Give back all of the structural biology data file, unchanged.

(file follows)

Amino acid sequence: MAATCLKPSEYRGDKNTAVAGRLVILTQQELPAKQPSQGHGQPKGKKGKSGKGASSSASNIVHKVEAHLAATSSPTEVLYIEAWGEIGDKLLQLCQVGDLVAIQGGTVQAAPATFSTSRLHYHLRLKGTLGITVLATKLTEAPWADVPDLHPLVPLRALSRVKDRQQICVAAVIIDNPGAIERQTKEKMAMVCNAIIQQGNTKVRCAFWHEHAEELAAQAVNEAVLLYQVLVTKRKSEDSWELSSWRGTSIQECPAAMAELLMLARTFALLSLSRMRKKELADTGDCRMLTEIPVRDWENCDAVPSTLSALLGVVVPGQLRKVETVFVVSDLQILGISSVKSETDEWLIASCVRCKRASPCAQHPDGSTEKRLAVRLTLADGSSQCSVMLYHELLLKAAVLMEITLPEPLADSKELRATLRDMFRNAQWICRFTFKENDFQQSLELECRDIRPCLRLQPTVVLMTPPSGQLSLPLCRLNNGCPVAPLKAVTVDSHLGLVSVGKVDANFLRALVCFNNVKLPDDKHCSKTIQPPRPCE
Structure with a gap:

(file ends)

Amino acid sequence: MAATCLKPSEYRGDKNTAVAGRLVILTQQELPAKQPSQGHGQPKGKKGKSGKGASSSASNIVHKVEAHLAATSSPTEVLYIEAWGEIGDKLLQLCQVGDLVAIQGGTVQAAPATFSTSRLHYHLRLKGTLGITVLATKLTEAPWADVPDLHPLVPLRALSRVKDRQQICVAAVIIDNPGAIERQTKEKMAMVCNAIIQQGNTKVRCAFWHEHAEELAAQAVNEAVLLYQVLVTKRKSEDSWELSSWRGTSIQECPAAMAELLMLARTFALLSLSRMRKKELADTGDCRMLTEIPVRDWENCDAVPSTLSALLGVVVPGQLRKVETVFVVSDLQILGISSVKSETDEWLIASCVRCKRASPCAQHPDGSTEKRLAVRLTLADGSSQCSVMLYHELLLKAAVLMEITLPEPLADSKELRATLRDMFRNAQWICRFTFKENDFQQSLELECRDIRPCLRLQPTVVLMTPPSGQLSLPLCRLNNGCPVAPLKAVTVDSHLGLVSVGKVDANFLRALVCFNNVKLPDDKHCSKTIQPPRPCE
Structure with a gap: